It is time to add a third line to the famous adage, “Give a man a fish and he’ll eat for a day; teach a man to fish and you feed him for a lifetime,” with an addendum, “Encourage innovation and new technologies for fisheries and we can feed the world sustainably!” Representative Sam Farr (CA-20) opened the Marine Technology Society and the House Oceans Caucus Congressional briefing this week by noting his attempts over 28 years in Congress “trying to develop as much interest in the ocean as there is in space.” Unfortunately, he has noticed an “anti-science attitude [in Congress], particularly when it comes to the ocean.”
Citing the vast economic importance of protecting the ocean, Rep. Farr, who has decided not to rerun for Congress, closed his remarks by telling the ocean experts in the audience to “roll up your sleeves and get politically active.” Heeding Rep. Farr’s advice, experts presented a cornucopia of exciting new technologies to the audience on the Capitol Hill at a Congressional briefing titled, “Technology for Fisheries Research and Applications.”
The panelists described the current state of fishing technologies, as well as the possibilities for improving the future of fisheries research, management, and industry through new technologies. One mechanism for improving stock assessments, and thus generating better forward fisheries management plans, is to use a modernized echosounder attached to an autonomous underwater vehicle (AUV) to determine fish numbers. Charles Thompson (National Oceanographic and Atmospheric Administration (NOAA) Southeast Fisheries Science Center, Mississippi Laboratories) described technological improvements to habitat mapping along with CamTrawl, a modern technology that allows for visual monitoring of fish in a trawl, a deep-sea fishing net. In the future, this technology could be modified so that particular fish species are identified during trawling and selected for catching, while the remaining fish pass harmlessly through the net. This could dramatically reduce bycatch, which is a problem for even small-scale fisheries.
Josh Wells, Cofounder and CEO of Planck Aerosystems, discussed his company’s aims toward precision fishing, which would balance fisheries sustainability with economic stability. Mr. Wells believes fishers should spend “less time searching, more time fishing,” and Planck’s drone aircraft can provide the information to point fishers in the right directions. The aircraft can take off and land from moving vessels and can provide sea surface imagery and aerial fish detection at a low cost to fishers. Jake Sobin (Manager Sciences and Americas, Kongsberg Underwater Technology, Inc.) also highlighted how remote sensing could be complemented with ecosounding systems attached to sailing drones to identify objects, like fish, in the water column.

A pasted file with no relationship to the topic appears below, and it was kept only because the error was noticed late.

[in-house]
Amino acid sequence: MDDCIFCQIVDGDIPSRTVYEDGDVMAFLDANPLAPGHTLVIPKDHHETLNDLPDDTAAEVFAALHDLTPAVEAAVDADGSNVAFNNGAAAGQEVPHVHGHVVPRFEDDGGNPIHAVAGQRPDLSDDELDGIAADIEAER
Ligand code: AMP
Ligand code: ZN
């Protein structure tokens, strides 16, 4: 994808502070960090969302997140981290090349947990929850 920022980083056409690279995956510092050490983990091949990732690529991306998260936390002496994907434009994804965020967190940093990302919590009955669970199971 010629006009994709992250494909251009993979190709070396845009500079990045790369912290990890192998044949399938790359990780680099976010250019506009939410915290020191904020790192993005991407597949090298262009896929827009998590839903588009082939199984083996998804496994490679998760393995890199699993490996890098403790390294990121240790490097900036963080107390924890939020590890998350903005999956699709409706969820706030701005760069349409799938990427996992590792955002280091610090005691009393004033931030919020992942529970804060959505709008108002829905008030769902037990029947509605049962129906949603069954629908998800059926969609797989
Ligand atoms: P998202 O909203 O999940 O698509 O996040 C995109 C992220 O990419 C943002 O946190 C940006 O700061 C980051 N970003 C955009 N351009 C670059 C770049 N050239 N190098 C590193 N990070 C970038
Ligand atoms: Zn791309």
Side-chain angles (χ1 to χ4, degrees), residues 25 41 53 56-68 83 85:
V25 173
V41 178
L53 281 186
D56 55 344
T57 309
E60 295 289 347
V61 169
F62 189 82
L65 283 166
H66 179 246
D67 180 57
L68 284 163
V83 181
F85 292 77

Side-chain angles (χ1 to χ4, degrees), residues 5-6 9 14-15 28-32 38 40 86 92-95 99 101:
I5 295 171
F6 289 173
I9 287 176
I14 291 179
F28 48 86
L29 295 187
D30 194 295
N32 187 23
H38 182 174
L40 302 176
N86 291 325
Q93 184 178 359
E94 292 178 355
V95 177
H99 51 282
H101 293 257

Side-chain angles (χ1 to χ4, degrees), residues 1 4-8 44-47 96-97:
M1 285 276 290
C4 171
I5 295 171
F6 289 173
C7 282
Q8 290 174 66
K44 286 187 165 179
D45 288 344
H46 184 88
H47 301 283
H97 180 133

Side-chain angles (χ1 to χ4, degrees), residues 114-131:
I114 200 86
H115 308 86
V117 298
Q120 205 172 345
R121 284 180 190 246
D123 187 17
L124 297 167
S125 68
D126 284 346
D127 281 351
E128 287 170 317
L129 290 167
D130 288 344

Expressing the viewpoint of a lifelong fisherman, Jim Ruhle (Mid-Atlantic Fishermen) stressed the paramount importance of finding fish, and he knows that fishers can help with data generation and technologies required to improve fishing. Cooperation between fishers and scientists has led to numerous successes; Mr. Ruhle’s fishing vessel has been measuring sea bottom temperatures as part of the NOAA Northeast Fisheries Science Center’s Study Fleet, which help increase precision in oceanographic and weather forecasting, as well as ecosystem modeling. He feels like a partner in the science and also benefits from the results provided by these technological advancements.
Through the numerous new technologies available, we can learn much more about how fisheries stocks change, where certain species prefer to live, and how to better manage fisheries. AUVs and high-precision equipment are helping set the scene for the future, but new technologies will continue to emerge to help fishers supply the growing world population with fishes, sustainably sourced in a way that maintains our overall ocean health.